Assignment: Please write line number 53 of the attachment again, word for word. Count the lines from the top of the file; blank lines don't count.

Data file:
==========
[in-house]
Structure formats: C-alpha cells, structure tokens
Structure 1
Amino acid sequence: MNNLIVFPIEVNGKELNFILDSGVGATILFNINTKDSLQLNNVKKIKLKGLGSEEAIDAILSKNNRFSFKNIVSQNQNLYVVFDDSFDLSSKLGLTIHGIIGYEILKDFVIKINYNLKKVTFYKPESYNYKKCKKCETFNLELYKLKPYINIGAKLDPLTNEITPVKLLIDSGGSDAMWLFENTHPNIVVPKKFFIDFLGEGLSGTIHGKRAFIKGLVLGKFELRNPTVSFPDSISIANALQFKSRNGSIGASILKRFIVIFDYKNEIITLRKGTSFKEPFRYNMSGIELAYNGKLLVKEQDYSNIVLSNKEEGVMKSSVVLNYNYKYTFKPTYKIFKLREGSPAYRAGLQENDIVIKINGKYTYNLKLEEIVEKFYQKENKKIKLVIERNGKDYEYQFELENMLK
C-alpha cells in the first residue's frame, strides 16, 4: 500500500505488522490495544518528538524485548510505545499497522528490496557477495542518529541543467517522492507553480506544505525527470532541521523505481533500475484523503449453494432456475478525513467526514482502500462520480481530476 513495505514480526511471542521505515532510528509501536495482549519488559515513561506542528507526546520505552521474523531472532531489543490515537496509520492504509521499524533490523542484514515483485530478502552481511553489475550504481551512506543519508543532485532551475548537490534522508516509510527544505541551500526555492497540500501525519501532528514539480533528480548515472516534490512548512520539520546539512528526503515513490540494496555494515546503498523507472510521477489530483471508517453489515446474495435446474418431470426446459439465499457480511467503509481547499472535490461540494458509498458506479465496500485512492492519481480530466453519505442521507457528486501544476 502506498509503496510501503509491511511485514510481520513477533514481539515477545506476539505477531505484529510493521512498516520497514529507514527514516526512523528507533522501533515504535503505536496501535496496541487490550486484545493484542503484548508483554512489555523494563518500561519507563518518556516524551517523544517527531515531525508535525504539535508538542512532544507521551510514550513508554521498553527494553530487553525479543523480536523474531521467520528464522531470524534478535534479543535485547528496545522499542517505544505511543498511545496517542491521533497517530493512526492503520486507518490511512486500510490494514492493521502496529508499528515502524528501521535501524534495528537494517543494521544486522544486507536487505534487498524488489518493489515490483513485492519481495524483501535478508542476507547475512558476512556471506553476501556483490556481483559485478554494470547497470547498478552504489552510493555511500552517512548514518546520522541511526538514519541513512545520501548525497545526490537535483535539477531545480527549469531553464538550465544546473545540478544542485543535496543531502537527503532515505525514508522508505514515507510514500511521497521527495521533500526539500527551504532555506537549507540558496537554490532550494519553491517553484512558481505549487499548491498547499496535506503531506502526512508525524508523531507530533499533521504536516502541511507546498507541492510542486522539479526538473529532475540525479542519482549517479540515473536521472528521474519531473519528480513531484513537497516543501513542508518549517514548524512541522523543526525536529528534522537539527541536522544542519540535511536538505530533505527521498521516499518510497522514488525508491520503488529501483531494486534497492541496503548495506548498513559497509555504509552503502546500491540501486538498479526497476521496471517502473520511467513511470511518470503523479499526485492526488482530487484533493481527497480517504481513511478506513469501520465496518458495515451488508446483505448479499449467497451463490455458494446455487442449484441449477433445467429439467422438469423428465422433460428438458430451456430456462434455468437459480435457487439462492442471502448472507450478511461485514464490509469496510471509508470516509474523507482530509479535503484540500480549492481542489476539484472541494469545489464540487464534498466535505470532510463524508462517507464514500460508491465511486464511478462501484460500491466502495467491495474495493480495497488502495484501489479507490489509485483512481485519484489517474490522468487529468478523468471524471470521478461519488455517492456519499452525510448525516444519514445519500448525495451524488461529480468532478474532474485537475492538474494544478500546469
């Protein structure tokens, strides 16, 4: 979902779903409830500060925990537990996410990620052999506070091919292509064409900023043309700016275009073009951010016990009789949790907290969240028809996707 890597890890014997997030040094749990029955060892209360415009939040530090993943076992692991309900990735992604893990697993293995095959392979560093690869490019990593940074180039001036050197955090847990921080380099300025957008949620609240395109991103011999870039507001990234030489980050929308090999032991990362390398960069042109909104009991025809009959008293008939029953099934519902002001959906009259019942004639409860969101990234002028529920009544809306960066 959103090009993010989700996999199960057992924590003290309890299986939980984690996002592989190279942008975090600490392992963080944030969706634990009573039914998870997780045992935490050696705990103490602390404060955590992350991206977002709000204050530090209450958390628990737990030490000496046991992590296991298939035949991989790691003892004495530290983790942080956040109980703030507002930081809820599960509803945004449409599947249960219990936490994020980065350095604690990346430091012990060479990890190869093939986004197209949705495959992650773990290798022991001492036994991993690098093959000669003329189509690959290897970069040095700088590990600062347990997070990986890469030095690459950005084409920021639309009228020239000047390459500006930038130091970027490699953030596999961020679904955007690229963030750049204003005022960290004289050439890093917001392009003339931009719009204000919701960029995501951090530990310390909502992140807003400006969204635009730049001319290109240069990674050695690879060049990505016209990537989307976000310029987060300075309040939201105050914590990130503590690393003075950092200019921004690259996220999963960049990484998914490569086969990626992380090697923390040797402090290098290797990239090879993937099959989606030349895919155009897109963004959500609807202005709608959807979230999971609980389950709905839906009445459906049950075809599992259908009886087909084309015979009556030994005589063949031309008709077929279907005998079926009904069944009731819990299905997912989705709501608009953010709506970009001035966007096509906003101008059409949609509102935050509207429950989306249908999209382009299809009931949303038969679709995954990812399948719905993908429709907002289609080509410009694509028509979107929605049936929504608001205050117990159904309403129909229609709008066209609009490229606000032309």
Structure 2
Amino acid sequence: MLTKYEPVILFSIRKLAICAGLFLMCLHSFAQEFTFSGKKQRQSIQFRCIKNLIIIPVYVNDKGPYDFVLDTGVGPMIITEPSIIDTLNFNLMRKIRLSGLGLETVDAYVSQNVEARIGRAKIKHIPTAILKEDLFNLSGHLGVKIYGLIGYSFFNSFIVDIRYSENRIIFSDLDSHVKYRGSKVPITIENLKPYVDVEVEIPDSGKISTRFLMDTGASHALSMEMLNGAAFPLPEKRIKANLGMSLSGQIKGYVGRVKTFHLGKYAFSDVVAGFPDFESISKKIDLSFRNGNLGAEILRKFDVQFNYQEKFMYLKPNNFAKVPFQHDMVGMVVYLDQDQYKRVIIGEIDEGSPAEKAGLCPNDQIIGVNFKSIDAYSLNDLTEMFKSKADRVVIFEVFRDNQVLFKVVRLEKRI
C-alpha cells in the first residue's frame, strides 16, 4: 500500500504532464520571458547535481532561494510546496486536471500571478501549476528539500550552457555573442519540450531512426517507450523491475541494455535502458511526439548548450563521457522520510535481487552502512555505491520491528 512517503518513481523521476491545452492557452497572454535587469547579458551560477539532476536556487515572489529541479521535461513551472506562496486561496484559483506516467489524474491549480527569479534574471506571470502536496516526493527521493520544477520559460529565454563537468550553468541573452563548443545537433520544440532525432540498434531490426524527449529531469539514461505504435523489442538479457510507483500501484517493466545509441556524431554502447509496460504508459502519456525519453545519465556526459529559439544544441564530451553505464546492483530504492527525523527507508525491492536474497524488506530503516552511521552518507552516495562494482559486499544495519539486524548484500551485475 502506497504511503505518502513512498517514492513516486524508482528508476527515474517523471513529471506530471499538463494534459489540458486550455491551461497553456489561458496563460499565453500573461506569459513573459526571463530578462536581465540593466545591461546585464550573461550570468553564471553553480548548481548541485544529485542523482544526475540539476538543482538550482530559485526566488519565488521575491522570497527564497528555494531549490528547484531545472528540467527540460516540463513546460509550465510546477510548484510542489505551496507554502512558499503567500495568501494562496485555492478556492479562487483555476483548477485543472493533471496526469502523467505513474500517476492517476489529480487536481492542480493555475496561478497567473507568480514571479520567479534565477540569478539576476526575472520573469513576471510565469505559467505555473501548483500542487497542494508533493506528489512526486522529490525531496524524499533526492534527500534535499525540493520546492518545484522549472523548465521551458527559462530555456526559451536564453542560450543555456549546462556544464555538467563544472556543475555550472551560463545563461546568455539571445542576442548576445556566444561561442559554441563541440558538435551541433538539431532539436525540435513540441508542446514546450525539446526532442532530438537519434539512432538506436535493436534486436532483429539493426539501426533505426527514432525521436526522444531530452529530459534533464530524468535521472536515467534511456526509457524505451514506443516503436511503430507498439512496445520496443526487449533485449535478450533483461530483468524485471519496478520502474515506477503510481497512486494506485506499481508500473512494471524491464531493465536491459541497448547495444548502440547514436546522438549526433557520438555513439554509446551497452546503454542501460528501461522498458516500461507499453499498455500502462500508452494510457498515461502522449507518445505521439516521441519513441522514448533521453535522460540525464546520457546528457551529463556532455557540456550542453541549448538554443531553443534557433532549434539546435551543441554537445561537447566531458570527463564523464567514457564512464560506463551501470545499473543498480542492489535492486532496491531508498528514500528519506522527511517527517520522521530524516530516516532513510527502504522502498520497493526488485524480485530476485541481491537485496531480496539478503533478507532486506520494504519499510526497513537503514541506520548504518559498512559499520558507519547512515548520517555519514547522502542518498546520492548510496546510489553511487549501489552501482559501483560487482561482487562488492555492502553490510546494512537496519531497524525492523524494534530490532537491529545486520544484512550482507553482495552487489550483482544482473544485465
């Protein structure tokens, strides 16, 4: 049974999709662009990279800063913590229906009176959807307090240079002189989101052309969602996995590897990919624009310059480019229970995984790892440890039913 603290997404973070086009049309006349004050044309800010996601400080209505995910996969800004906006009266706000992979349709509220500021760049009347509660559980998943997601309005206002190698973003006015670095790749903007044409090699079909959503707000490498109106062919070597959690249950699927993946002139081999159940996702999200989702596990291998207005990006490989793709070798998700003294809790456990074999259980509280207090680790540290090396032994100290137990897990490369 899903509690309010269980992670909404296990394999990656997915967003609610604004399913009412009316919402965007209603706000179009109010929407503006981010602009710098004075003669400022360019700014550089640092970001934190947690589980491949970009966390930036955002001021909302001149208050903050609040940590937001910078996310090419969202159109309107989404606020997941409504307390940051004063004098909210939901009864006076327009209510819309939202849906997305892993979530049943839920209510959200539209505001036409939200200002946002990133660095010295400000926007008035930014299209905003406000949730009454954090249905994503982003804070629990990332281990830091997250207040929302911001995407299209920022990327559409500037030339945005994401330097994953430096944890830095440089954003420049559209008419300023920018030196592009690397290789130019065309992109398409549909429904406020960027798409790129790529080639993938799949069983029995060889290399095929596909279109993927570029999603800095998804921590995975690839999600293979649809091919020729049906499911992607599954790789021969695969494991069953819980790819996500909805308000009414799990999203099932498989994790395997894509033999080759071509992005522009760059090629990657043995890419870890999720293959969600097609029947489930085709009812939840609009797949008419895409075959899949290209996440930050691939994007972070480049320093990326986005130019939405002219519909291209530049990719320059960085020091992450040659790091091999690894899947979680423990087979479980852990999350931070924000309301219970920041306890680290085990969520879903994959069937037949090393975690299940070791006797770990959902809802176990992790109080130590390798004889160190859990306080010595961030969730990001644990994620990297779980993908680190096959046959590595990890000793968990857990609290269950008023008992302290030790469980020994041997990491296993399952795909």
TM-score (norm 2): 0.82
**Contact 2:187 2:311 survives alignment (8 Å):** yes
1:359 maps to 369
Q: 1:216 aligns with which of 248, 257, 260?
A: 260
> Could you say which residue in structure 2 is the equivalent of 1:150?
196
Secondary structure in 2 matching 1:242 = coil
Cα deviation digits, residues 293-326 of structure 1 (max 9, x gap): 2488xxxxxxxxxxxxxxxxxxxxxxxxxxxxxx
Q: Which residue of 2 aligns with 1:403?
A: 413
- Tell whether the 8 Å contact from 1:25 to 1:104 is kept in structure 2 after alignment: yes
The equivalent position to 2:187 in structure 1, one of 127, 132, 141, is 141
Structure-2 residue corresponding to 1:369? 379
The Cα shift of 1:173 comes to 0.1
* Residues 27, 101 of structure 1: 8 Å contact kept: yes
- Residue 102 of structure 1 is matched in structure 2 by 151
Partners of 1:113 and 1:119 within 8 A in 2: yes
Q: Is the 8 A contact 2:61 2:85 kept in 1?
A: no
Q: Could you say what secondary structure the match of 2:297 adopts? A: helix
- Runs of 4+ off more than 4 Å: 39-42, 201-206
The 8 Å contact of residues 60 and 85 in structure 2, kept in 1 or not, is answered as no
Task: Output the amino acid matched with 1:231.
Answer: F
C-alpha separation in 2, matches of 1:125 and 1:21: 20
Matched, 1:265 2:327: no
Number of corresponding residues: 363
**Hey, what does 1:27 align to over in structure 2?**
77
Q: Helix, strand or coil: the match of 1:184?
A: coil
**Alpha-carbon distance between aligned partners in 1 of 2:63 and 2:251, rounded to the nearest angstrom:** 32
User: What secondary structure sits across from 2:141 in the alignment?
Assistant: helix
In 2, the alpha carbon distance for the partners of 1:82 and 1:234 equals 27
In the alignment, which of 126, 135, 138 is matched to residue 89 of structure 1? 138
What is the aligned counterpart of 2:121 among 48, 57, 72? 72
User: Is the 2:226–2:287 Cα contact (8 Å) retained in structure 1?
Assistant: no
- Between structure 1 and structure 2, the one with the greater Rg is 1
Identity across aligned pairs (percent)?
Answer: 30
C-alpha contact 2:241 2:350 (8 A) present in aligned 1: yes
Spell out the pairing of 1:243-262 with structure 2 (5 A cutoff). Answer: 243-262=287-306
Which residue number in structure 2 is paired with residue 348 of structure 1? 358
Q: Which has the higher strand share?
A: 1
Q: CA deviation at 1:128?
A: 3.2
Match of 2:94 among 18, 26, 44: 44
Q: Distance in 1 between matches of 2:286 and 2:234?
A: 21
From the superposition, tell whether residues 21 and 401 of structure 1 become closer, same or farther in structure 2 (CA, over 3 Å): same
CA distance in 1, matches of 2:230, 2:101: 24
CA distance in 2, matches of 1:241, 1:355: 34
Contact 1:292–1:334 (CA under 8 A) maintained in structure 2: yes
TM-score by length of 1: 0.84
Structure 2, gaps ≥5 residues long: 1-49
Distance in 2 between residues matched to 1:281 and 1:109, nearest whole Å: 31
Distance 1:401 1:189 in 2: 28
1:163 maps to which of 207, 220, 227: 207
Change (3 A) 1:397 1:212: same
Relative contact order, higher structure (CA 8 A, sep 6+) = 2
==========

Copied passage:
Answer: 30